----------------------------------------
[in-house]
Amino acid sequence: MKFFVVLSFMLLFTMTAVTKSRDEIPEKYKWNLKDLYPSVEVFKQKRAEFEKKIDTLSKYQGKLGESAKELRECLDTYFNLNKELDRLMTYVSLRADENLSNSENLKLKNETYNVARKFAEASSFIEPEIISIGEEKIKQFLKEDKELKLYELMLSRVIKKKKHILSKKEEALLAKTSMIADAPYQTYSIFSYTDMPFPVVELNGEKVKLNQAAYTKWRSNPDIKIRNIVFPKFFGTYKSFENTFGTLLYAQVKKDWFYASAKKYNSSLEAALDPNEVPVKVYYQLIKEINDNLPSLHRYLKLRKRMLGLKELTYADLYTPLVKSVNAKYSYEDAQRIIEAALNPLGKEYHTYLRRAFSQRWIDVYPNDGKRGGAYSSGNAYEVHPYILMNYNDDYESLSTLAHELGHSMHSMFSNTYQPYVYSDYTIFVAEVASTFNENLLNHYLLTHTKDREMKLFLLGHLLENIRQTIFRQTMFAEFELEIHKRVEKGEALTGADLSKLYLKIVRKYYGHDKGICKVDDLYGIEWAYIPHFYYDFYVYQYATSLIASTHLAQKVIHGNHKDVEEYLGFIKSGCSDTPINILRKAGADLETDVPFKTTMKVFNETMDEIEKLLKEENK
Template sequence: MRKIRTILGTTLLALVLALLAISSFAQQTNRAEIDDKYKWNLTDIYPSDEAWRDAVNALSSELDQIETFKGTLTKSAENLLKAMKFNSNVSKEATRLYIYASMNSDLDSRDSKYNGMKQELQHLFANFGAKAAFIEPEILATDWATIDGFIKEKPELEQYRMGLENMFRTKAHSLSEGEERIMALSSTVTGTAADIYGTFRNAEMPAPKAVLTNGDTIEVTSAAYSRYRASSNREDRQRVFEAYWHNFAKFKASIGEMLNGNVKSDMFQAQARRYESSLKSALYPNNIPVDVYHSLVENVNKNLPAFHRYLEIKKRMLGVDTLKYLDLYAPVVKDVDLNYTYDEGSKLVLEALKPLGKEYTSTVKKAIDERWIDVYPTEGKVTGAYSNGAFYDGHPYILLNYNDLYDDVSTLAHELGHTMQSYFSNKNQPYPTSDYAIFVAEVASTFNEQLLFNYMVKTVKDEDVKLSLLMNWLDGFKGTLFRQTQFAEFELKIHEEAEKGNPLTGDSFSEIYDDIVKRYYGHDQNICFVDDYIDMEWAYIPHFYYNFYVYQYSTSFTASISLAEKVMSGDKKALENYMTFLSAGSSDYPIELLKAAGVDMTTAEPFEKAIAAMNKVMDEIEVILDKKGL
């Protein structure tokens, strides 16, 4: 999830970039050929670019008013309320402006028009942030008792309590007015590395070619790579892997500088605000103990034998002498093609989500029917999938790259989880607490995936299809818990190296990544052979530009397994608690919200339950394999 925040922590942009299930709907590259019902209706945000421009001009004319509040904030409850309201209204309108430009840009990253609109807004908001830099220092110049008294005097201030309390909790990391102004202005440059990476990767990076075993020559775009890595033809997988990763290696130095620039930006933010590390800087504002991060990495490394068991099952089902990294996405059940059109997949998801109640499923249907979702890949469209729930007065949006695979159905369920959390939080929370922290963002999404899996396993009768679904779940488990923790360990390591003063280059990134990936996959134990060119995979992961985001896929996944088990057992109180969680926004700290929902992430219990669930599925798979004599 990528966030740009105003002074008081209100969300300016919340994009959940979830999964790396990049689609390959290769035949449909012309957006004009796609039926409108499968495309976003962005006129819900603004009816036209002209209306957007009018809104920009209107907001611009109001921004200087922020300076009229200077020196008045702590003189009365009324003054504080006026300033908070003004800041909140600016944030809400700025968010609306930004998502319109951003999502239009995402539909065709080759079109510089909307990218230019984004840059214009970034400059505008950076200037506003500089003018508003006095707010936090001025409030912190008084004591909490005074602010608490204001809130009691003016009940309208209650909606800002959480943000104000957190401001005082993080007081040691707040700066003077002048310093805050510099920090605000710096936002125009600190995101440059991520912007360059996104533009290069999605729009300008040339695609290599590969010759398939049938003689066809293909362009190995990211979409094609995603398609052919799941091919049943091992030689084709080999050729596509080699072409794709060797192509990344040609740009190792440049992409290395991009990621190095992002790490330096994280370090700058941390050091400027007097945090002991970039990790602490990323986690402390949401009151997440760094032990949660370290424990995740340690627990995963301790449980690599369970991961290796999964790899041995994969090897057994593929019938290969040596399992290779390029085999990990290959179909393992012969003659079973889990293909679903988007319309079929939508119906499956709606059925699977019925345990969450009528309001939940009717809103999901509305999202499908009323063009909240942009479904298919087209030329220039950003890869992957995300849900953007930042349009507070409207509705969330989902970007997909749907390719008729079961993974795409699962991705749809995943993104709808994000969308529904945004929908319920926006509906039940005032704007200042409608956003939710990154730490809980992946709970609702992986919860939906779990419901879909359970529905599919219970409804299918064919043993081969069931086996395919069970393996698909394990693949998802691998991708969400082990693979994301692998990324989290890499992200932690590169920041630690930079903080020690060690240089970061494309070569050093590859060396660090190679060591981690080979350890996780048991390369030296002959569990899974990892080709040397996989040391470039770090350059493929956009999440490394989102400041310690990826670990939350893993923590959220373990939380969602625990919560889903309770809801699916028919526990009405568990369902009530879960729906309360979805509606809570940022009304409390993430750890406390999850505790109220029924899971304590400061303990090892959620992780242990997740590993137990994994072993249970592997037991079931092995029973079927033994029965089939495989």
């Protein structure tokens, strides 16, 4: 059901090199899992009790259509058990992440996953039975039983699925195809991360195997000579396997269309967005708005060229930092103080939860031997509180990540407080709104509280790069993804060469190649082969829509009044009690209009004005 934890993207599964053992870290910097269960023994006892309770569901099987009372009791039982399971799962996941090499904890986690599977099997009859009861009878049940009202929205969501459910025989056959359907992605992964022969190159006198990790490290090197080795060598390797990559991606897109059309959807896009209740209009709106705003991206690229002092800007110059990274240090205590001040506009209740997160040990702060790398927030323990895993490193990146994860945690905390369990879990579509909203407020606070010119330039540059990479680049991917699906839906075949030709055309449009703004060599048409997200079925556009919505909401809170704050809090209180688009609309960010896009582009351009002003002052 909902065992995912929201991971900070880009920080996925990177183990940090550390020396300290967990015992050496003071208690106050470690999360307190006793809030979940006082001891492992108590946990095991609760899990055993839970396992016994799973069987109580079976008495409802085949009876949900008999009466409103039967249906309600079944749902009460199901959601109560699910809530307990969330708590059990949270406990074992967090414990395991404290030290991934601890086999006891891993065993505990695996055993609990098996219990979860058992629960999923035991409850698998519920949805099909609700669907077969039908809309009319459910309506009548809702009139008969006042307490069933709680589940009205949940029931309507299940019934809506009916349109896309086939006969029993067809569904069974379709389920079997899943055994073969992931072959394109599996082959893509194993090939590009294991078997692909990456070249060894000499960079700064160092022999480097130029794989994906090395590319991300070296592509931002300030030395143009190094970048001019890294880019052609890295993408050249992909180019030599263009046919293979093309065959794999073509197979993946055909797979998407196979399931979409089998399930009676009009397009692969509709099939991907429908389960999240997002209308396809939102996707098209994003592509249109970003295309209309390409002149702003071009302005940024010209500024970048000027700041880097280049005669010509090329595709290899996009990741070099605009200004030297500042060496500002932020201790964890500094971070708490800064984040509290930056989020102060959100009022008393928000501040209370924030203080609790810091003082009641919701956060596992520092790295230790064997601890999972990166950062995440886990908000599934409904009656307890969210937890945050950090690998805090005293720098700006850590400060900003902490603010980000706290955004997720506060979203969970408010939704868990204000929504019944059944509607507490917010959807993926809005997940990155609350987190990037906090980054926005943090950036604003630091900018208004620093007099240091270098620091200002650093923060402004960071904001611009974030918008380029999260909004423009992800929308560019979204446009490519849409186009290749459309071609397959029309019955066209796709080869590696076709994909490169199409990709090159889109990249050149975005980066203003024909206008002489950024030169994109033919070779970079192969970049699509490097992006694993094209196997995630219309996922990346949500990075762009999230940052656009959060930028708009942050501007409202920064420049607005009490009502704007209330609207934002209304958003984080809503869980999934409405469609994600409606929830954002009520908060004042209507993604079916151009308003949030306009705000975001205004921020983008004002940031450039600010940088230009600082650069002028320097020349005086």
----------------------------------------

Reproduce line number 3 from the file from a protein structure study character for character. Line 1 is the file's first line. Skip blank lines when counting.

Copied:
Template sequence: MRKIRTILGTTLLALVLALLAISSFAQQTNRAEIDDKYKWNLTDIYPSDEAWRDAVNALSSELDQIETFKGTLTKSAENLLKAMKFNSNVSKEATRLYIYASMNSDLDSRDSKYNGMKQELQHLFANFGAKAAFIEPEILATDWATIDGFIKEKPELEQYRMGLENMFRTKAHSLSEGEERIMALSSTVTGTAADIYGTFRNAEMPAPKAVLTNGDTIEVTSAAYSRYRASSNREDRQRVFEAYWHNFAKFKASIGEMLNGNVKSDMFQAQARRYESSLKSALYPNNIPVDVYHSLVENVNKNLPAFHRYLEIKKRMLGVDTLKYLDLYAPVVKDVDLNYTYDEGSKLVLEALKPLGKEYTSTVKKAIDERWIDVYPTEGKVTGAYSNGAFYDGHPYILLNYNDLYDDVSTLAHELGHTMQSYFSNKNQPYPTSDYAIFVAEVASTFNEQLLFNYMVKTVKDEDVKLSLLMNWLDGFKGTLFRQTQFAEFELKIHEEAEKGNPLTGDSFSEIYDDIVKRYYGHDQNICFVDDYIDMEWAYIPHFYYNFYVYQYSTSFTASISLAEKVMSGDKKALENYMTFLSAGSSDYPIELLKAAGVDMTTAEPFEKAIAAMNKVMDEIEVILDKKGL